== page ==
And another inspiration is very personal. During all those library talks, school visits, Daisy and Brownie troop visits, and signings at American Girl stores, I’ve met hundred of young mothers who greet me as an old friend, who say to me, “Oh, I read your stories when I was a little girl. I grew up with your stories and now I have a daughter of my own to share them with!” I throw my arms around them! I tell them that they are my alums. 

I want to say to my alums: the Welliewisher stories are a gift for you now that you are a parent. And here’s my promise to you: the stories will be age-appropriate, with humor and joy, and hit the spot where your curious, merry, goofy, intense girls are in their lives. The stories will respect the reader enough to present multiple viable views. They’ll encourage girls to challenge the given wisdom and challenge dusty assumptions without being snarky. They’ll show that there’s a difference between a cheerful skepticism and cynicism: one is smart and healthy and the other is a dead end. They’ll show that we can love people with whom we disagree and disagree with people whom we love. They’ll celebrate the values of tolerance and compassion as well as the values of drive, hope, creativity, individuality, change, and work.

I want to say to parents: I know that you want your child to thrive and shine, and to learn about herself as she learns about the world. In fact, I believe that in our world where we’re inundated by factual information, EQ is more important that IQ, a resilient attitude is more important than aptitude, and perseverance, responsibility, empathy and compassion are the most important abilities we can teach our children for the future. 

The stories are a way for me to say thank you for entering the world of the stories that I have had the great honor and pleasure of writing of writing for American Girl, and holding those stories in your hearts and memories. With the Welliewisher stories, I want to say, Thank you for your friendship. I want to invite them into the garden.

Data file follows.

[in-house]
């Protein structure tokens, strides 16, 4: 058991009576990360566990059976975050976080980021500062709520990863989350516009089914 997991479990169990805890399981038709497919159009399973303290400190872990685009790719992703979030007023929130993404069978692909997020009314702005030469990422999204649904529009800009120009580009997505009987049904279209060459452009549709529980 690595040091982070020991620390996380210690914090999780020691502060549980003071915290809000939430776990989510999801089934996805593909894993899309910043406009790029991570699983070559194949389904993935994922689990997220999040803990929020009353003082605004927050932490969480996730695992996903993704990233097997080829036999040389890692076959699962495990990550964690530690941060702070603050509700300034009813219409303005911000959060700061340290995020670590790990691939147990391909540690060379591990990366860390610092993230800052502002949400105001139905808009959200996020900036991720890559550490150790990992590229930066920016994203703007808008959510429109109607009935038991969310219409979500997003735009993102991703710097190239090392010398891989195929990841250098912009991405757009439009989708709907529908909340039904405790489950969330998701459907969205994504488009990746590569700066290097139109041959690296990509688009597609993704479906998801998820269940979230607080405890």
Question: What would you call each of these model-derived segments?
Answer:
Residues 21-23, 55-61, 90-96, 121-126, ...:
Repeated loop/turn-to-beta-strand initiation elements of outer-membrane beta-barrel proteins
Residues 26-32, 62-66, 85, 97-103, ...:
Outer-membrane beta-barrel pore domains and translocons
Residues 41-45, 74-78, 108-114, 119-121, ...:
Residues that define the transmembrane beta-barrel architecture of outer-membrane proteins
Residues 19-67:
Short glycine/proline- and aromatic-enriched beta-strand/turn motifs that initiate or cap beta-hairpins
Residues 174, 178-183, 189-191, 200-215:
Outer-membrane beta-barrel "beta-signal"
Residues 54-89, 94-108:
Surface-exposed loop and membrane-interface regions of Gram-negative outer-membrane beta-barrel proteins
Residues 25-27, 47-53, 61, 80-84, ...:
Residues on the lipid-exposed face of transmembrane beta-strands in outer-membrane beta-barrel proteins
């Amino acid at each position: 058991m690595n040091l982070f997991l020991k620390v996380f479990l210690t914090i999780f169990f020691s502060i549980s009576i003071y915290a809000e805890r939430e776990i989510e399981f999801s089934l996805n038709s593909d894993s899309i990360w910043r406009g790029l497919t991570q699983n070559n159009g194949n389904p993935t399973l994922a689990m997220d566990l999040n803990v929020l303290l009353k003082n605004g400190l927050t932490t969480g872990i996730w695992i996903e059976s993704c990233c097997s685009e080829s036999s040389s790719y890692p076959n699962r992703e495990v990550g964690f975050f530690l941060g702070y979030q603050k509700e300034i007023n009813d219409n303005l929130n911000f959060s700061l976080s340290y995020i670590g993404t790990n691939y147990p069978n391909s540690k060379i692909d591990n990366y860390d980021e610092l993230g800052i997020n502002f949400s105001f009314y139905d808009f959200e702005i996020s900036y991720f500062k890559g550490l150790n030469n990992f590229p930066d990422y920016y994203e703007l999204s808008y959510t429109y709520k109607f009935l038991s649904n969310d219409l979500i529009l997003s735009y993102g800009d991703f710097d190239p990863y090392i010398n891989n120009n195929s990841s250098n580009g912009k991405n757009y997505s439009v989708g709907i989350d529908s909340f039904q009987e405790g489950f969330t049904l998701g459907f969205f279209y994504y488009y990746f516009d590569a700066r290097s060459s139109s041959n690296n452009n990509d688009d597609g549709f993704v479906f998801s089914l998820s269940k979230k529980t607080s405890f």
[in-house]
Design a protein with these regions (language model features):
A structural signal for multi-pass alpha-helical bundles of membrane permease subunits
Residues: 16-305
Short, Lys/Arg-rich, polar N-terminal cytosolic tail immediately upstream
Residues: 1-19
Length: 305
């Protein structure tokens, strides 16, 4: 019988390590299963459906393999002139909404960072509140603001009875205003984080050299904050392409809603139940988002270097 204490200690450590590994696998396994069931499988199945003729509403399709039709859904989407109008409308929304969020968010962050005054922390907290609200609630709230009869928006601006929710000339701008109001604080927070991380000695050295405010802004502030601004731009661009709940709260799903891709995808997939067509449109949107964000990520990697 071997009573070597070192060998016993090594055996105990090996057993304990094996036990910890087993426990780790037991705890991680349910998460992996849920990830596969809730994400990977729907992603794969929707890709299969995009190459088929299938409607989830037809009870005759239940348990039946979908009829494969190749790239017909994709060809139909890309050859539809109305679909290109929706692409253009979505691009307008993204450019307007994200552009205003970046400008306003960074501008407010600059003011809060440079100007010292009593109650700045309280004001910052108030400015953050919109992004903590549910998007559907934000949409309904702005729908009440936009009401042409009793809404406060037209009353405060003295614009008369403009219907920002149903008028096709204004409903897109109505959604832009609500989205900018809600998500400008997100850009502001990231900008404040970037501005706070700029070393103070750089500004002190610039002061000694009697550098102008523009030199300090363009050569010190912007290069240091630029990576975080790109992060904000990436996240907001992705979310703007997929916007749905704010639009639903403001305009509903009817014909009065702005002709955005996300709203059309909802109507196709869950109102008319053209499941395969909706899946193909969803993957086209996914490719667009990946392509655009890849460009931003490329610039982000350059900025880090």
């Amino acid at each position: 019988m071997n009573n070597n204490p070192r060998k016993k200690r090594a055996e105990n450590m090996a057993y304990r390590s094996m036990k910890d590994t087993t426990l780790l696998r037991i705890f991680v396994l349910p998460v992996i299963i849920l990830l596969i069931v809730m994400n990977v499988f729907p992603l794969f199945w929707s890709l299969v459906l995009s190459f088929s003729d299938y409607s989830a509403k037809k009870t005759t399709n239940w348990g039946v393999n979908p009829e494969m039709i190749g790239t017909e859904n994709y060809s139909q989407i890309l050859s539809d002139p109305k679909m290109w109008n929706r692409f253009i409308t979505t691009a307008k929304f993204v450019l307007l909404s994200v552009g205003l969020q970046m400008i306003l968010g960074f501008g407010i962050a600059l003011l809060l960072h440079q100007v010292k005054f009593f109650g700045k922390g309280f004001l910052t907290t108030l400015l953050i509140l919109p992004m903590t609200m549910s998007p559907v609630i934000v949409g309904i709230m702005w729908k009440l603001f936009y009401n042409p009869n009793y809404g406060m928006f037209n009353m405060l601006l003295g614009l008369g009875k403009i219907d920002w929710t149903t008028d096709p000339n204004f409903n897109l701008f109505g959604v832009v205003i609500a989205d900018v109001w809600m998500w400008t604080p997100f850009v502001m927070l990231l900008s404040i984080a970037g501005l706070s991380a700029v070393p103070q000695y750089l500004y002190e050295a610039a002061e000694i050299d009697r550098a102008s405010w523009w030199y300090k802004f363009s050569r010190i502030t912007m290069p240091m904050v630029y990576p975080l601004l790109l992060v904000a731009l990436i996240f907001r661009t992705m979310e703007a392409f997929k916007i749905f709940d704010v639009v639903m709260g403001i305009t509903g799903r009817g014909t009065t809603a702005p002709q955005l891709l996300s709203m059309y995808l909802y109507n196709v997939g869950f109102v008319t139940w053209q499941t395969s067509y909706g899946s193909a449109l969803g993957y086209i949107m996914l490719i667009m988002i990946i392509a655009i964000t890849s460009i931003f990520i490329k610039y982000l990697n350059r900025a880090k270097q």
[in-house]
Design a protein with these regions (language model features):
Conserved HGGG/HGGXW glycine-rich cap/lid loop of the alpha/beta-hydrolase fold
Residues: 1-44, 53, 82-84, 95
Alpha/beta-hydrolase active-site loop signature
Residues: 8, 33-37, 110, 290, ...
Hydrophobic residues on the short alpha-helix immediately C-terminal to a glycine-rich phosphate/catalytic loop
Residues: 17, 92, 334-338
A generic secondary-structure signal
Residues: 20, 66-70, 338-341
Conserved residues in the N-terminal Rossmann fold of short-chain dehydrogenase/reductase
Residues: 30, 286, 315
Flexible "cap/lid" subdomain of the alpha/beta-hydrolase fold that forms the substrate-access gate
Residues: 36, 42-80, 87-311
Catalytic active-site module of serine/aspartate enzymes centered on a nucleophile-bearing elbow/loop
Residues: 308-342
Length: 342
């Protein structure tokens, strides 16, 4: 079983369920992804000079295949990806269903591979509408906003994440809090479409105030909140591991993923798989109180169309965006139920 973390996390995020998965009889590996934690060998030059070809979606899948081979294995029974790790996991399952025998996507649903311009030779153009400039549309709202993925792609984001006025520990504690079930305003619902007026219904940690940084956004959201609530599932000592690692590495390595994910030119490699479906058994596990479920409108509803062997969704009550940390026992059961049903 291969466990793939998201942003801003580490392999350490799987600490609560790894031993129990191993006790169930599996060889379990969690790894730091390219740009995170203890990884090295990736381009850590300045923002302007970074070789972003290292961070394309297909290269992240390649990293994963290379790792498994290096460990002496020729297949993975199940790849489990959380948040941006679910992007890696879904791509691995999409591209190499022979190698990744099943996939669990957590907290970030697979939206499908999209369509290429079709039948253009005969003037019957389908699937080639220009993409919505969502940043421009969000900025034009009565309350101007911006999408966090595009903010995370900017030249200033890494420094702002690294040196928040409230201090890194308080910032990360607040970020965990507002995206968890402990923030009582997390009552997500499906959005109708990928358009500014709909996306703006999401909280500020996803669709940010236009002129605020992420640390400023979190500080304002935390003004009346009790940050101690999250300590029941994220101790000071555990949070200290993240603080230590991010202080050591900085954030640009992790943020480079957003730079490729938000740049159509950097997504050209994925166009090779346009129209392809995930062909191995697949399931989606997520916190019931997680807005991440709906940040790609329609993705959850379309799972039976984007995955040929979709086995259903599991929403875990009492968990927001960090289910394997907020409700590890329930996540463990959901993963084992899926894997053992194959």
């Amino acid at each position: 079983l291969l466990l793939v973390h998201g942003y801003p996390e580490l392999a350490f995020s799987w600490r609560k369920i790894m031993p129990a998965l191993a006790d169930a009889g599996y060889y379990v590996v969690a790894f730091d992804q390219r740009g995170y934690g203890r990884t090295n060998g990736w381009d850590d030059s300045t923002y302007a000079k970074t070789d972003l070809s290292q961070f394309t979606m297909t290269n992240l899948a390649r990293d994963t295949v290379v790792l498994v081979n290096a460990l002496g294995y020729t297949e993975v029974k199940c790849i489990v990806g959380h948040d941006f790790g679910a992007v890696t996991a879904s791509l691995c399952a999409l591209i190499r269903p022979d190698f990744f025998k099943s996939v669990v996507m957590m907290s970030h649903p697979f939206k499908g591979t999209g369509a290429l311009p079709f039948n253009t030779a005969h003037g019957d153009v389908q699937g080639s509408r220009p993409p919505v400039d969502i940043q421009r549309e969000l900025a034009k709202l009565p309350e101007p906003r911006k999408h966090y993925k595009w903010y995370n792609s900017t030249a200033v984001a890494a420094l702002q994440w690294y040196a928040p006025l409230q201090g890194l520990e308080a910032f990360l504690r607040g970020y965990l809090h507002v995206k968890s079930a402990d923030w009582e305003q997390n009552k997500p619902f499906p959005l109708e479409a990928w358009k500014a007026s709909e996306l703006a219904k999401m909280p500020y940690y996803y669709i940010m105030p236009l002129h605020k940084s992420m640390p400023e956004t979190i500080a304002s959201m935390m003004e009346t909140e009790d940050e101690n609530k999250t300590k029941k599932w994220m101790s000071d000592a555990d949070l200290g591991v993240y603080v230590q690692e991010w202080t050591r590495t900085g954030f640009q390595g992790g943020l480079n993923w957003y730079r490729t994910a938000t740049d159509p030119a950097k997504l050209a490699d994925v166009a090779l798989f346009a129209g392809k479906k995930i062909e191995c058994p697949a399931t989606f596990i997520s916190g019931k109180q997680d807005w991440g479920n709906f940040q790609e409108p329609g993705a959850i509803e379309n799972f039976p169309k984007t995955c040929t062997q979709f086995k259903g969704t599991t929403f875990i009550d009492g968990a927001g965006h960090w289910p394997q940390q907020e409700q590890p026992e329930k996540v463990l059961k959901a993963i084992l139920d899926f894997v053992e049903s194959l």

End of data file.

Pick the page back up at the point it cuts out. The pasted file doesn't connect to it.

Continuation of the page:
What’s next for you?

Oh, I’m always scribbling away at something. I’ve got lots of great ideas for more stories about the WellieWishers perking along in my head.

Anything else?

Well, now that I think of it, I have LOTS of hopes for the WellieWisher books. For example: Just as the American Girl books of historical fiction encourage girls to go deep and linger and not rush to be older, I’m hoping the Welliewisher stories will encourage girls to love being just the way they are right now. I hope the books will encourage girls to go outside!! Run around! Play! Use imagination! Get messy! Notice light and color and the seasons and animals and birdsong and the different joys of all kinds of weather! I hope the stories model how to solve problems both practical and interpersonal, how to be a good friend and daughter, and the rewards of being an observant, participatory, active appreciator of the earth. 

In celebration of the release of the new WellieWishers line of dolls, American Girl is generously offering one lucky Kids and Eggs reader one WellieWishers doll of their choice !

WellieWishersPick from:

CamilleEmersonWillaKendall, or Ashlyn.

To enter the giveaway, leave a comment below.  Comments will close by 9am CST on Tuesday, July 12, 2016.  The winner will be chosen by Random Number Generator and announced on this post shortly after.

This giveaway is open to residents of U.S. & Canada.

Good Luck!

....and the winner is:

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Julie said...

My daughter's are girl scouts & love American Girl Dolls. They are excited for the wellie wishers and would love one!

 Julie - you have 24 hours to claim your prize - congratulations! 




::an experiment with natural dyes - lupines